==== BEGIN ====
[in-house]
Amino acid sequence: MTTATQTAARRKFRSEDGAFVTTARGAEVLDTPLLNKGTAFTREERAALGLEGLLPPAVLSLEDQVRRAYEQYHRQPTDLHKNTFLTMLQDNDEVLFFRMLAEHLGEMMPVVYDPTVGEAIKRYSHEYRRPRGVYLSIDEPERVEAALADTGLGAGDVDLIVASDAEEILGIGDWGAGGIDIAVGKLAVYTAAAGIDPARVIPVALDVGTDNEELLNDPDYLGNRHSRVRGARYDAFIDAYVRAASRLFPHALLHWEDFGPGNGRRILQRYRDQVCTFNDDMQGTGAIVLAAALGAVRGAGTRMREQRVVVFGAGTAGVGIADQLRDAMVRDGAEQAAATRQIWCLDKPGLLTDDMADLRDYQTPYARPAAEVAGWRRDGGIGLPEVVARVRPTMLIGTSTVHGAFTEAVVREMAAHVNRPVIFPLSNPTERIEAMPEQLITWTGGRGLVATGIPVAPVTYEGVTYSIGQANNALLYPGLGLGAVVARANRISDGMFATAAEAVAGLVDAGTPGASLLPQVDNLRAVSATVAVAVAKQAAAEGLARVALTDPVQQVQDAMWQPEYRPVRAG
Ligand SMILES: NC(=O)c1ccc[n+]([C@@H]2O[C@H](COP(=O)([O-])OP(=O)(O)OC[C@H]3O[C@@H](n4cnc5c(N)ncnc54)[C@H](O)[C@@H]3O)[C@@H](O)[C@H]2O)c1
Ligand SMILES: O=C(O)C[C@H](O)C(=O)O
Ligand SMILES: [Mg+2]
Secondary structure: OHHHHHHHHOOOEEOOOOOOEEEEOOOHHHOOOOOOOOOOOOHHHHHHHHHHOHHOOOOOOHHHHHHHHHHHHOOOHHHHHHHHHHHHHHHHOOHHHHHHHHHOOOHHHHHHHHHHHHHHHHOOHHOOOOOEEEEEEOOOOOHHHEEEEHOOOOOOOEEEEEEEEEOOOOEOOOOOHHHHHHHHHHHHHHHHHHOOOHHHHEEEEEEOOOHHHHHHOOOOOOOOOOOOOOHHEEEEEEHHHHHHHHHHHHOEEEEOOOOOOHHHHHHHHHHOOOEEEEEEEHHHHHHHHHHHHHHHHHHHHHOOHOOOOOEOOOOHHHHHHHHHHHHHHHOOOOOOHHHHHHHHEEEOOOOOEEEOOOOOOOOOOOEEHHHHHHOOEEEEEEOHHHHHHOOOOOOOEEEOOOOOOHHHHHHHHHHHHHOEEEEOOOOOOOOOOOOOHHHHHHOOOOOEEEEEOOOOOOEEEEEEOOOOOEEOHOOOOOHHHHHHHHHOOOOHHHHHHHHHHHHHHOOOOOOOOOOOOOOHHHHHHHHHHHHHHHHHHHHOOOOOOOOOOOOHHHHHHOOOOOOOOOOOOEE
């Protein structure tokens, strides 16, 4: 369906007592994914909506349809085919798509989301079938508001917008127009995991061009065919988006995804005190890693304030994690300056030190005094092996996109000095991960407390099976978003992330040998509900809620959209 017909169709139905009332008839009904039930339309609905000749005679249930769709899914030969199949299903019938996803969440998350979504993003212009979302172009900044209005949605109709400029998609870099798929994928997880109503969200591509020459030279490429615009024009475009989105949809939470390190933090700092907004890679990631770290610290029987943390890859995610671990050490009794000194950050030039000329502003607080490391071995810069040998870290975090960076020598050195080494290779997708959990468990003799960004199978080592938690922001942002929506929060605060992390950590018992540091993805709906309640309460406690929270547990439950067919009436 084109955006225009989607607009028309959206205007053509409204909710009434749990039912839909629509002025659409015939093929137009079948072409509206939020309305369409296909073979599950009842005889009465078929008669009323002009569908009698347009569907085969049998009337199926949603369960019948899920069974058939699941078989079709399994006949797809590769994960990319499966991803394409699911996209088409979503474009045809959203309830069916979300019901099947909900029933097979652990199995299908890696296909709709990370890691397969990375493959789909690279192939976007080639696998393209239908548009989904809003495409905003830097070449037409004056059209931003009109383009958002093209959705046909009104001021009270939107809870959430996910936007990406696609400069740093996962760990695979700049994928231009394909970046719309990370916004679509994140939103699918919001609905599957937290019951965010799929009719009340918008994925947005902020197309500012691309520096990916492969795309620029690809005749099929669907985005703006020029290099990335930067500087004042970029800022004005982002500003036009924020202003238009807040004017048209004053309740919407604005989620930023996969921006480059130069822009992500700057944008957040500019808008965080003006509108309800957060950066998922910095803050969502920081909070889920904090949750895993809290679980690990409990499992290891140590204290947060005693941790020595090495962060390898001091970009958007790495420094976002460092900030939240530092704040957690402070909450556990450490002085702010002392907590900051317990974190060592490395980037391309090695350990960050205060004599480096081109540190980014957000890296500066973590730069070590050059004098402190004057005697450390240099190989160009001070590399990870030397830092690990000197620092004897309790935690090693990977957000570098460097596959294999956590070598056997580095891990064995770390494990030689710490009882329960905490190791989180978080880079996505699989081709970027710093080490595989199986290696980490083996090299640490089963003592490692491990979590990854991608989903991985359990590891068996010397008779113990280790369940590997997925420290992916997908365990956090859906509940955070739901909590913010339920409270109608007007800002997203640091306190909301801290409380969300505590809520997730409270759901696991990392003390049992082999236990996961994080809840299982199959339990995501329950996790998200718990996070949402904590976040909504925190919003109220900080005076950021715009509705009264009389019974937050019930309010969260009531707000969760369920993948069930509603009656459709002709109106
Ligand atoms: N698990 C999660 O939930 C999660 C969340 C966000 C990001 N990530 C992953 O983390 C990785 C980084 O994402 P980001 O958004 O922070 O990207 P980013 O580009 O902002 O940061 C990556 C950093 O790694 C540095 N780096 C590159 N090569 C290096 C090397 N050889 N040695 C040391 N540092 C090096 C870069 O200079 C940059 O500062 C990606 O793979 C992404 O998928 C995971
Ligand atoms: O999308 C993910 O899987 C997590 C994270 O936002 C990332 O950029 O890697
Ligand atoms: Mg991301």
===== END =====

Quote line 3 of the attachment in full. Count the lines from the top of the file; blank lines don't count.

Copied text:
Ligand SMILES: NC(=O)c1ccc[n+]([C@@H]2O[C@H](COP(=O)([O-])OP(=O)(O)OC[C@H]3O[C@@H](n4cnc5c(N)ncnc54)[C@H](O)[C@@H]3O)[C@@H](O)[C@H]2O)c1